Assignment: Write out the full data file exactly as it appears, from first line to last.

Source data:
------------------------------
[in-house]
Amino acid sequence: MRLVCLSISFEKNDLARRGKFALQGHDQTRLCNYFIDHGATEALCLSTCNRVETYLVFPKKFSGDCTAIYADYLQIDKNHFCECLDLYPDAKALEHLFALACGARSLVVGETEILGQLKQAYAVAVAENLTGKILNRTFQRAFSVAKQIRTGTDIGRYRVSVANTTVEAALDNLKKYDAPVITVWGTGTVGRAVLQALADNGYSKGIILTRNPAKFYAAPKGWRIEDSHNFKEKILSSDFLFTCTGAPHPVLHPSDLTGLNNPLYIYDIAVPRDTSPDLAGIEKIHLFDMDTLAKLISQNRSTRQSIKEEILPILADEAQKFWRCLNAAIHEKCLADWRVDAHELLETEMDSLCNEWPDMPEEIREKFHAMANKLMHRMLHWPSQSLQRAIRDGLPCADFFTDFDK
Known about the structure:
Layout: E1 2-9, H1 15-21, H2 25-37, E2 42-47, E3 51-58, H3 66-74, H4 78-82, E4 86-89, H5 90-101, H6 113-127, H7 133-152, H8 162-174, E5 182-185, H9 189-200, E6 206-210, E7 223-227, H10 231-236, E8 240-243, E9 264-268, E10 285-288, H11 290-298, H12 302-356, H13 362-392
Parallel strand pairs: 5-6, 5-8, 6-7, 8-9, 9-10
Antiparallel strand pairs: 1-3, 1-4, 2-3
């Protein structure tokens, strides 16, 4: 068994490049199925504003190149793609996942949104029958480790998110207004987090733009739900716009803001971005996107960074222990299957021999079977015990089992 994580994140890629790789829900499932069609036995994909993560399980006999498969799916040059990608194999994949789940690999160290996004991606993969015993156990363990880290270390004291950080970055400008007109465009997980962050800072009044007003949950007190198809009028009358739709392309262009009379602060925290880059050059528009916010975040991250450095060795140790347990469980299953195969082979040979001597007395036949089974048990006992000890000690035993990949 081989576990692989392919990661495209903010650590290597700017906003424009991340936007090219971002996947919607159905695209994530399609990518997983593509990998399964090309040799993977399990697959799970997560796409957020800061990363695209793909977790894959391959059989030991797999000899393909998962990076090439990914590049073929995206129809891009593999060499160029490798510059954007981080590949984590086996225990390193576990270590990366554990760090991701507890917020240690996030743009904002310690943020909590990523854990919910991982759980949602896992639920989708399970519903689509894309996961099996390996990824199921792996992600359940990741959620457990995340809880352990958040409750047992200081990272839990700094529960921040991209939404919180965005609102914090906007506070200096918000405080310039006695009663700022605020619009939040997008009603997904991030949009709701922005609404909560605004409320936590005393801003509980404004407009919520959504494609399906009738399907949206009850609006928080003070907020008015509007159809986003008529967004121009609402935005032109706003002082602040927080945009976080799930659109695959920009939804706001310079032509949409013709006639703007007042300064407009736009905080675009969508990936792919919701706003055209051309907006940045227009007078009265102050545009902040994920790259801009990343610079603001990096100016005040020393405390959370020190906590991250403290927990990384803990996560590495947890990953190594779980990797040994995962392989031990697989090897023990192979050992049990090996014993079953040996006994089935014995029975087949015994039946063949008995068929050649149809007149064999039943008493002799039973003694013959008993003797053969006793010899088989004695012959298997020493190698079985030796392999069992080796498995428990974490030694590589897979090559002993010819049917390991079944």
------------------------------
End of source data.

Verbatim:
[in-house]
Amino acid sequence: MRLVCLSISFEKNDLARRGKFALQGHDQTRLCNYFIDHGATEALCLSTCNRVETYLVFPKKFSGDCTAIYADYLQIDKNHFCECLDLYPDAKALEHLFALACGARSLVVGETEILGQLKQAYAVAVAENLTGKILNRTFQRAFSVAKQIRTGTDIGRYRVSVANTTVEAALDNLKKYDAPVITVWGTGTVGRAVLQALADNGYSKGIILTRNPAKFYAAPKGWRIEDSHNFKEKILSSDFLFTCTGAPHPVLHPSDLTGLNNPLYIYDIAVPRDTSPDLAGIEKIHLFDMDTLAKLISQNRSTRQSIKEEILPILADEAQKFWRCLNAAIHEKCLADWRVDAHELLETEMDSLCNEWPDMPEEIREKFHAMANKLMHRMLHWPSQSLQRAIRDGLPCADFFTDFDK
Known about the structure:
Layout: E1 2-9, H1 15-21, H2 25-37, E2 42-47, E3 51-58, H3 66-74, H4 78-82, E4 86-89, H5 90-101, H6 113-127, H7 133-152, H8 162-174, E5 182-185, H9 189-200, E6 206-210, E7 223-227, H10 231-236, E8 240-243, E9 264-268, E10 285-288, H11 290-298, H12 302-356, H13 362-392
Parallel strand pairs: 5-6, 5-8, 6-7, 8-9, 9-10
Antiparallel strand pairs: 1-3, 1-4, 2-3
């Protein structure tokens, strides 16, 4: 068994490049199925504003190149793609996942949104029958480790998110207004987090733009739900716009803001971005996107960074222990299957021999079977015990089992 994580994140890629790789829900499932069609036995994909993560399980006999498969799916040059990608194999994949789940690999160290996004991606993969015993156990363990880290270390004291950080970055400008007109465009997980962050800072009044007003949950007190198809009028009358739709392309262009009379602060925290880059050059528009916010975040991250450095060795140790347990469980299953195969082979040979001597007395036949089974048990006992000890000690035993990949 081989576990692989392919990661495209903010650590290597700017906003424009991340936007090219971002996947919607159905695209994530399609990518997983593509990998399964090309040799993977399990697959799970997560796409957020800061990363695209793909977790894959391959059989030991797999000899393909998962990076090439990914590049073929995206129809891009593999060499160029490798510059954007981080590949984590086996225990390193576990270590990366554990760090991701507890917020240690996030743009904002310690943020909590990523854990919910991982759980949602896992639920989708399970519903689509894309996961099996390996990824199921792996992600359940990741959620457990995340809880352990958040409750047992200081990272839990700094529960921040991209939404919180965005609102914090906007506070200096918000405080310039006695009663700022605020619009939040997008009603997904991030949009709701922005609404909560605004409320936590005393801003509980404004407009919520959504494609399906009738399907949206009850609006928080003070907020008015509007159809986003008529967004121009609402935005032109706003002082602040927080945009976080799930659109695959920009939804706001310079032509949409013709006639703007007042300064407009736009905080675009969508990936792919919701706003055209051309907006940045227009007078009265102050545009902040994920790259801009990343610079603001990096100016005040020393405390959370020190906590991250403290927990990384803990996560590495947890990953190594779980990797040994995962392989031990697989090897023990192979050992049990090996014993079953040996006994089935014995029975087949015994039946063949008995068929050649149809007149064999039943008493002799039973003694013959008993003797053969006793010899088989004695012959298997020493190698079985030796392999069992080796498995428990974490030694590589897979090559002993010819049917390991079944």